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Theaters are about to get a whole lot manlier with the release of 300: Rise of an Empire. The next chapter in the 300 franchise promises to be as action-packed and visually stunning as the first — and it’s bringing back the impressive rock-hard bodies of the movie’s actors.
I had the chance to chat with actor Callan Mulvey, who plays Scyllias in the 300 series and can also be found in the new Captain America. He offered some pretty awesome fitness advice and a little insight into the goings-on of a movie actor destined for Sparta.
Callan Mulvey On Training For 300: Rise Of An EmpireThe 300 movies are well-known for the characters having a certain physique; what kind of fitness program did you need to maintain to be 300-ready?
In the lead-up to and throughout the shoot we were trained by the masterful Mark Twight and his team from Gym Jones. The training program was, ahh… intense, to say the least! He kicked our arses on a daily basis, but time was limited. It was also diverse, which was very cool in that it stopped it from getting monotonous. Before the cameras rolled, we were training six days a week, and once shooting began, we trained on non-shoot days.
The goal was to be able to move and fight like our characters would, and the aesthetic was just the end result. Our amazing fight coordinator Damon Caro and his guys then tailored our fight-training program and fighting style to our characters in a very specific way. For example, my character had bigger power moves, whilst Scyllias' son Calisto (Jack O'Connell) had more of a capoeira fighting style — fast, with almost a liquidity to him.
Before shooting began, we usually had two to three hours of stunt training in the morning, plus learning our fight sequences, followed by lunch in the van on the way to two hours of gym training in the afternoon.
How important was your eating plan to create the body for your role?
Extremely. Whilst what you do in the gym is critical, it's the other 22 hours that can undo all the hard work. So it was a strict diet of red meat, fish and chicken, with bell peppers or green beans for breakfast, lunch and dinner. You get over it really quickly.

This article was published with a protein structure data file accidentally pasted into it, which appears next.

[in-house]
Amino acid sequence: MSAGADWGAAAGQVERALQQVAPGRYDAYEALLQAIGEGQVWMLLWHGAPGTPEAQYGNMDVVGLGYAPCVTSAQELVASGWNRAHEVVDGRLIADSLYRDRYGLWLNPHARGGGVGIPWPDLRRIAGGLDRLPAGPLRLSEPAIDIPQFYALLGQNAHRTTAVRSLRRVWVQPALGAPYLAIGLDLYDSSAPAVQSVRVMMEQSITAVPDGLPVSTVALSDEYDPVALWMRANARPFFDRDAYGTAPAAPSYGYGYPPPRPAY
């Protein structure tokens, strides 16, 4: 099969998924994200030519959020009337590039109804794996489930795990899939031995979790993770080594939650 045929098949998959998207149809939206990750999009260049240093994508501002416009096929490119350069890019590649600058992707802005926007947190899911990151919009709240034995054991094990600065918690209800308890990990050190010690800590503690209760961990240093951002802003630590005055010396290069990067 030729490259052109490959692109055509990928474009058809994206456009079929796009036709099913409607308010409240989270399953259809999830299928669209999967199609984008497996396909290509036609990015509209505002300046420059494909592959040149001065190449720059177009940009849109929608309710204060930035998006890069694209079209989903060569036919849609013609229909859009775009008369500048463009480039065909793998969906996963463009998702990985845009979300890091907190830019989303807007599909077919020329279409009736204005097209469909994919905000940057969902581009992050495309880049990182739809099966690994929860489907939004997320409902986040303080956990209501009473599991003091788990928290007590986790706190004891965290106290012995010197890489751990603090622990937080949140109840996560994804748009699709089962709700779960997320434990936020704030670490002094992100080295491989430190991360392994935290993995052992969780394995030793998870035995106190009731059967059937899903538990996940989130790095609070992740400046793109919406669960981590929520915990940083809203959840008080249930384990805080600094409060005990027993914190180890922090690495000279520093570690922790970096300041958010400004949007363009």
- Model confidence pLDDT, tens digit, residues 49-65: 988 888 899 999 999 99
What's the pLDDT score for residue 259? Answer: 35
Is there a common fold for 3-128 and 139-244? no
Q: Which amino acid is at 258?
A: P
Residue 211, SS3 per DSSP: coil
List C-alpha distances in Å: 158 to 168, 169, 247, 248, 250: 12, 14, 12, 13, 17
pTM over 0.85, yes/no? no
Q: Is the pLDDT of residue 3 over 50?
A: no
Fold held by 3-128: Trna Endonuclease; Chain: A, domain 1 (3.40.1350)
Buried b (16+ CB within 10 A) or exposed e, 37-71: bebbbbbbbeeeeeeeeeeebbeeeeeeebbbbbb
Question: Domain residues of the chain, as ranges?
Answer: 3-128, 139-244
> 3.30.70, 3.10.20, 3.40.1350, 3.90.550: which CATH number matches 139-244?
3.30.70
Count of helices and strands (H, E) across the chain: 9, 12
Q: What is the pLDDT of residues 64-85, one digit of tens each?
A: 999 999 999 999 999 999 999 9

Diets: love them or loathe them?
Diets suck. I love sugar. I love carbs. In my experience, being too extreme and denying yourself is setting yourself up to fail. I try to have a healthy balance. I don't deny myself when I really want something, but I don't go crazy and eat everything in sight when I do. I also don't run myself into the ground when I train, and I'll have a day off if I feel like it.
Was there any part of your fitness regime for 300: Rise of an Empire that you will adopt as part of your regular routine?
I am much more educated now about how to achieve the desired goal, and as I mentioned before, I'm not as extreme in my pendulum swings. I used to go from binging, eating whatever I wanted and not exercising at all, to straight into just salads, meat, no sauce or flavors, coupled with big gym sessions, and I would just burn out after a short time and end up back at square one. Now, I don't go as hard on either side.
If I really want something I shouldn't be eating, I have a little bit of it and don't deny myself. Then I find I can stay on track. In the gym, I have a stronger mentality now. As we all know, your mind is the first to give up. I've learned how to push through more than I used to. Also, one of the biggest lessons was warming up properly and being very aware of correct form. In all those months of training with Mark Twight, doing some really strenuous training, I never suffered a single injury or niggling pain. I had a head-on at 100 kilometers an hour (62 mph) years ago and my left leg got absolutely hammered. Mark not only managed to train around that and still get the desired overall result, but he actually improved my mobility and strength in my leg.